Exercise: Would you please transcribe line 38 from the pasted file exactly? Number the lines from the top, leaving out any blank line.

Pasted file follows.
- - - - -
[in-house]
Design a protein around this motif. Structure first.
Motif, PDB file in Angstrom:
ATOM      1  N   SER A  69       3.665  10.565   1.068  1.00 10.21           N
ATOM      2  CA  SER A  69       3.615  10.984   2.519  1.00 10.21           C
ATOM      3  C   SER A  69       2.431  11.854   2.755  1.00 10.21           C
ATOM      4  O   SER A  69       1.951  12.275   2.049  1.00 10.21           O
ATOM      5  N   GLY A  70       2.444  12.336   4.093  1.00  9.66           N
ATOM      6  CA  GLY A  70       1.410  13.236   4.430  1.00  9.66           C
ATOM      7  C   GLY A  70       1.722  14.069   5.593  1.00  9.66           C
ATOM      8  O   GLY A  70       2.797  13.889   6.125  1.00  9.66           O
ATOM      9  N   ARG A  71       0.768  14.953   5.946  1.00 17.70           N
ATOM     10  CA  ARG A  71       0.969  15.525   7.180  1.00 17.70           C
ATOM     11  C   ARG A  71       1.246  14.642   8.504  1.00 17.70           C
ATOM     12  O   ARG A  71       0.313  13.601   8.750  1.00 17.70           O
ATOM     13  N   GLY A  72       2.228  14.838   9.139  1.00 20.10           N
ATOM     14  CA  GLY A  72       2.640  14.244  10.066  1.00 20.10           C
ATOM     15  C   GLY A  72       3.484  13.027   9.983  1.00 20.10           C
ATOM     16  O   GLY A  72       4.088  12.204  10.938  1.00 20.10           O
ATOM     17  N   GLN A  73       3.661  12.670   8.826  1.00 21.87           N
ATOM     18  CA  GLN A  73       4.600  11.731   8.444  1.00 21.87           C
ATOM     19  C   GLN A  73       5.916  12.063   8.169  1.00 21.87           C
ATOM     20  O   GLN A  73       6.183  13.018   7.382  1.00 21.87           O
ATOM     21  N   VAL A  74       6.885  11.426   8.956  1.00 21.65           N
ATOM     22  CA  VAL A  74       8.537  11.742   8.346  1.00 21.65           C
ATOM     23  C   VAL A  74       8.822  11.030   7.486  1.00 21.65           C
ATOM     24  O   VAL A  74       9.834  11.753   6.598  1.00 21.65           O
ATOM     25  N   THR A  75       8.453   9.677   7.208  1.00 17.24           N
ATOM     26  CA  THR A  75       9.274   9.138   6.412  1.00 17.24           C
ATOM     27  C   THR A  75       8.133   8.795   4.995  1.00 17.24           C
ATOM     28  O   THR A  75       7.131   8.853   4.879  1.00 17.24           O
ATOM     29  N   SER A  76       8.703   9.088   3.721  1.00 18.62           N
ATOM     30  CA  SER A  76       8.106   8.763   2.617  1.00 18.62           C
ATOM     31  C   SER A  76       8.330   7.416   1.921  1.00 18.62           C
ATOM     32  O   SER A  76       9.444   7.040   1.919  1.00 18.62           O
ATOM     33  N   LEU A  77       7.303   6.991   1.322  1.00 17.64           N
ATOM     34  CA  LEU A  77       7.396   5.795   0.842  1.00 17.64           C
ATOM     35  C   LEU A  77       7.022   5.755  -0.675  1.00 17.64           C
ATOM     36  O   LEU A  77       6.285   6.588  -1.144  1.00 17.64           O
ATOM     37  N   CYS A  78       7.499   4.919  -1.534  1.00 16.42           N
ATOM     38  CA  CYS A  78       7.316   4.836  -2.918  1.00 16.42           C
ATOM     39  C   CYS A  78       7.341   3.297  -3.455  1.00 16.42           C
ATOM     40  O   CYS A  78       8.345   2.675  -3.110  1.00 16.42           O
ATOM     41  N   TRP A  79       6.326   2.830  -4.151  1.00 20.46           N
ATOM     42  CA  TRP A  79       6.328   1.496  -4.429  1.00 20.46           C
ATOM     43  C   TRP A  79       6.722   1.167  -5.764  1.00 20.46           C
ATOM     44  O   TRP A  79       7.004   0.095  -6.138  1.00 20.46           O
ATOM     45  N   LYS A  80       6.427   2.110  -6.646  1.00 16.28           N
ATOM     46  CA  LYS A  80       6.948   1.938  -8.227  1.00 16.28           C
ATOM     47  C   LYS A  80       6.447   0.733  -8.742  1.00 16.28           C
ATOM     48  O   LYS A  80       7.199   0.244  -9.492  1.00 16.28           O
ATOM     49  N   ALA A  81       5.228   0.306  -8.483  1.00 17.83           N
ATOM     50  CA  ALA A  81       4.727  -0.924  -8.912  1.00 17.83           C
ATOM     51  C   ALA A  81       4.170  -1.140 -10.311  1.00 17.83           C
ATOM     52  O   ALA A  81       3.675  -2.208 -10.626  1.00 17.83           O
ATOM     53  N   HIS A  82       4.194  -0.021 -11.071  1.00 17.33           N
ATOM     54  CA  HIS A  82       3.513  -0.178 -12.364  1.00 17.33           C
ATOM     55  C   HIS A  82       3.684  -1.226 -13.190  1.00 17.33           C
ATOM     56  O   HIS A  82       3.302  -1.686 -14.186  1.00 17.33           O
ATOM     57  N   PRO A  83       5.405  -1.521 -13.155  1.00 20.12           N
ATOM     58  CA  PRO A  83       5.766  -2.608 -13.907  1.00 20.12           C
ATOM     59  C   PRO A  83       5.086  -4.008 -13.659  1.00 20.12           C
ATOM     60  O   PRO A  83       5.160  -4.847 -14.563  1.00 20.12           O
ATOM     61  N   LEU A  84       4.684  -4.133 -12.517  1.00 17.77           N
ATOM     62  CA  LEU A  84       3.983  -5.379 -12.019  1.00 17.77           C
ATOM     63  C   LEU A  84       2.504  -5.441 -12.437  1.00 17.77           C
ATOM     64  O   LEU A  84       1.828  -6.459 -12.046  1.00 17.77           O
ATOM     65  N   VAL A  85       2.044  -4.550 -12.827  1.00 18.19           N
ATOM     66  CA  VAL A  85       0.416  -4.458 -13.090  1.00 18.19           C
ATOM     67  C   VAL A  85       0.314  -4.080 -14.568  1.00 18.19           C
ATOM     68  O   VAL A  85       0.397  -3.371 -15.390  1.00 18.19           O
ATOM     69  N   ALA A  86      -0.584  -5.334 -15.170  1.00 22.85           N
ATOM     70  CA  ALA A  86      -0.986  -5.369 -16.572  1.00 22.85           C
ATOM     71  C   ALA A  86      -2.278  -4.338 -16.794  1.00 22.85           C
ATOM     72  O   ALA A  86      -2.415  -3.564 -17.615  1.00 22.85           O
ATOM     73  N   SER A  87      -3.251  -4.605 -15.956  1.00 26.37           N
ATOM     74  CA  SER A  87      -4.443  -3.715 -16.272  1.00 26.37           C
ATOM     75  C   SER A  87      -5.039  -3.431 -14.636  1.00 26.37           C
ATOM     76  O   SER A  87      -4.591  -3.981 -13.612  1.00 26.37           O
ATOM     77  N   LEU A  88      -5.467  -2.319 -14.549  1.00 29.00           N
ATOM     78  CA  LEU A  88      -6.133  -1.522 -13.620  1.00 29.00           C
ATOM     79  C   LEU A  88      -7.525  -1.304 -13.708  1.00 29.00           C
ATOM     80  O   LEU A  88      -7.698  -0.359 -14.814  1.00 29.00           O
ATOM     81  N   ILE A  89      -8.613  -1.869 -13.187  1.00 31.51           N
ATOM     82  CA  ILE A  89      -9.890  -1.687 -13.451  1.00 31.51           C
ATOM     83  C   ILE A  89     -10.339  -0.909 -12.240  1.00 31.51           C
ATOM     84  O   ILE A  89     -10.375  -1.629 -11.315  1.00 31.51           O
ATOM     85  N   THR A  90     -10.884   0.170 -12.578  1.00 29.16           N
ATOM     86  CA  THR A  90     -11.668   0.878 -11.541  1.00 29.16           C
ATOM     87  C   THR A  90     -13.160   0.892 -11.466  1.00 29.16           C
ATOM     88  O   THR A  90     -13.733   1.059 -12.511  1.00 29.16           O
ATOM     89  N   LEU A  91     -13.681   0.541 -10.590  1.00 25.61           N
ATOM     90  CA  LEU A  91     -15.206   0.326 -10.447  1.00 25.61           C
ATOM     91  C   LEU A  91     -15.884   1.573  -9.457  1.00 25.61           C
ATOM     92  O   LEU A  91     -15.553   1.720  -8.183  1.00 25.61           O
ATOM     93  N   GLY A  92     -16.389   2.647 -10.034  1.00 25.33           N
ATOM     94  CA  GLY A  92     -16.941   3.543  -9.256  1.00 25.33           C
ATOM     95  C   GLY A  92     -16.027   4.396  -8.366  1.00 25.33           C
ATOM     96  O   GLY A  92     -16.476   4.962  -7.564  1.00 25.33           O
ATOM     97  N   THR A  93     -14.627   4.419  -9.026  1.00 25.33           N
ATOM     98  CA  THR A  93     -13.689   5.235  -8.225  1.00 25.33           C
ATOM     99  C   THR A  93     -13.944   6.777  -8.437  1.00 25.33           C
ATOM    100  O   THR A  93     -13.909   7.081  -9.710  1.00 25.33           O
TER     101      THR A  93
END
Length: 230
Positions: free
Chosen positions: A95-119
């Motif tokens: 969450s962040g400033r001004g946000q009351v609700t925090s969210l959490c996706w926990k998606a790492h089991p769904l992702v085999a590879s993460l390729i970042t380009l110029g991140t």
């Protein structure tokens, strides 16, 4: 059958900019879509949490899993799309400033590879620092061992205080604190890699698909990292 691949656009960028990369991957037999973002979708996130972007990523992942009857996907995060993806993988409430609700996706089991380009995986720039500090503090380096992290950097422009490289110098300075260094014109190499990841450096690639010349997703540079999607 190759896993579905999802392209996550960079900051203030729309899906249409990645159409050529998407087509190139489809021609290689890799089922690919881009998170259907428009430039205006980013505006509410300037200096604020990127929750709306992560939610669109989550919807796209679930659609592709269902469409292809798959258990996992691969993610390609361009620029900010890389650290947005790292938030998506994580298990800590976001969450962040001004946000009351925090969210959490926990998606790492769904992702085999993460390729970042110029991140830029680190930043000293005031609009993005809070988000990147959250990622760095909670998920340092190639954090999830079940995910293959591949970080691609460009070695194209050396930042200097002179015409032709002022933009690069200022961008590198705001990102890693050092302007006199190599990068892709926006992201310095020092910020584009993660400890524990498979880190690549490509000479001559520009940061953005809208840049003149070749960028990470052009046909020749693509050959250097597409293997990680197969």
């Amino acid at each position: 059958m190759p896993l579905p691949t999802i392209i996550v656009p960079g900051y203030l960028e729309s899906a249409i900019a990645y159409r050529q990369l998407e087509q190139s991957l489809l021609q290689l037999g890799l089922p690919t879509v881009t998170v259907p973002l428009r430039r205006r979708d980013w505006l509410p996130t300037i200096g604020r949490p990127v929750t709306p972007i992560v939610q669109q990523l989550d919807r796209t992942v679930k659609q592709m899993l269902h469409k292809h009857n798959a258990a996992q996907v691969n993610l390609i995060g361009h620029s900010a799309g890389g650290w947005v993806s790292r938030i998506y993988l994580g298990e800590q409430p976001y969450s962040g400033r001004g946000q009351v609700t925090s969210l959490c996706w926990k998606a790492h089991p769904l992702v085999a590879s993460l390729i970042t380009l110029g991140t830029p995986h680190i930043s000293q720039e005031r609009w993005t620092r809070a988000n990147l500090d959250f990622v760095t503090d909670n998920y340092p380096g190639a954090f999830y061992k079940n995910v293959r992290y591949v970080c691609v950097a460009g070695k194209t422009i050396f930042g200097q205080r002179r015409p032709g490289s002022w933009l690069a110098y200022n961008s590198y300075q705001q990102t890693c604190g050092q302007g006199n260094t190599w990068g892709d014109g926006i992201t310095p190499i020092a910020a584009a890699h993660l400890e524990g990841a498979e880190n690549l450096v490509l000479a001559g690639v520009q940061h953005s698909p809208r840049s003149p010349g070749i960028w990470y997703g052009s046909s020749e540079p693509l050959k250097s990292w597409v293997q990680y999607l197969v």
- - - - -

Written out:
ATOM     35  C   LEU A  77       7.022   5.755  -0.675  1.00 17.64           C